rom a barge at the Carnegie mills, Homestead, Pa., are attacked by strikers; several detectives and strikers killed or wounded......July 6, 1892 Entire National Guard of Pennsylvania is ordered to Homestead by Governor Pattison......July 10, 1892 Lock-out involving 3,000 striking miners begins in the Coeur d'alene mining district, in Shoshone county, Id., April 1; an attack is made by union men on new hands employed in the Gem mine, in which several are killed......July 11, 1892 Cyrus W. Field, born 1819, dies at Ardsley, N. Y.......July 12, 1892 River and harbor bill, appropriating $21,153,618 and authorizing in contracts $31,555,401, approved......July 13, 1892 Bland-Stewart free-silver bill, passed by the Senate, 29 to 25, July 1, is refused consideration in the House by 154 to 136......July 13, 1892 Proclamation of President commanding all persons in insurrection in Idaho to disperse......July 16, 1892 Indemnity of $75,000 in the matter of the Chilean affair
Harper's Encyclopedia of United States History (ed. Benson Lossing), New York, (search)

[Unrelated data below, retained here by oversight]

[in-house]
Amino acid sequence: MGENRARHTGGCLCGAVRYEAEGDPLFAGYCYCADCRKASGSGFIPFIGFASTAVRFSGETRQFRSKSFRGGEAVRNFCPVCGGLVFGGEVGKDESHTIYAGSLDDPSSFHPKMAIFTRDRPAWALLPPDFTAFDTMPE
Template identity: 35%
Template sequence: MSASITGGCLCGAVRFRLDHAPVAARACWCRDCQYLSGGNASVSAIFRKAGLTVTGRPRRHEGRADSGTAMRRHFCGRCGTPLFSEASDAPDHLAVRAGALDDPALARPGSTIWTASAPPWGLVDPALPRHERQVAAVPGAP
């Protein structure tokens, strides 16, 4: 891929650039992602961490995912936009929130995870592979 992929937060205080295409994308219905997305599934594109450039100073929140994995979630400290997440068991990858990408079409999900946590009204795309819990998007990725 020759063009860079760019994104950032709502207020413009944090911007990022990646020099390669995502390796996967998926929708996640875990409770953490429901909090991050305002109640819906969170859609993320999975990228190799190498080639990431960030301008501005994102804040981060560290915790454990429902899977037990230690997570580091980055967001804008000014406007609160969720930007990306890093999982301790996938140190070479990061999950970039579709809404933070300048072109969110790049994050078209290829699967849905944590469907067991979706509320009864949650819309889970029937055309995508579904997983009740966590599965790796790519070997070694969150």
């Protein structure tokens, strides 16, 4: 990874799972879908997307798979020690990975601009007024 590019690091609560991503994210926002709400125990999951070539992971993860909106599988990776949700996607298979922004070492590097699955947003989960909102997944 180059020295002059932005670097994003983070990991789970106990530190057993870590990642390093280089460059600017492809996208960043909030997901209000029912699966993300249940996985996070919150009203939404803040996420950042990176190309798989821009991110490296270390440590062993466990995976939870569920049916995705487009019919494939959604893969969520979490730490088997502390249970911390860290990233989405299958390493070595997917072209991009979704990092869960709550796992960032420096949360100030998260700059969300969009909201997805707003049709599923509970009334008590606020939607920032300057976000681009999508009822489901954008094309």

, 1876 Cornelius Vanderbilt dies at New York......Jan. 4, 1877 Rock salt first discovered in the State by Charles B. Everest, 4 miles from Warsaw......June 20, 1878 William Cullen Bryant, born 1794, dies at New York City......1878 Cyrus W. Field erects a monument in memory of Maj. John Andre on the site of his grave at Tappan......1879 Alonzo B. Cornell, Republican, elected governor......1879 New capitol at Albany opened......Feb. 12, 1879 State board of health authorized bymself, a by-stander, bruising Sage and others, and wrecking the building......Dec. 4, 1891 Greater New York bill fails in Assembly......March 15, 1892 Legislature appropriates $300,000 for the Columbian Exposition......March 22, 1892 Cyrus W. Field, born 1819, dies at Ardsley, N. Y.......July 12, 1892 Switchmen's strike at Buffalo, on the Erie Railroad, begins; strikers burning freight trains and destroying about $1,000,000 worth of property......Aug. 14, 1892 Sixty-fifth and 74th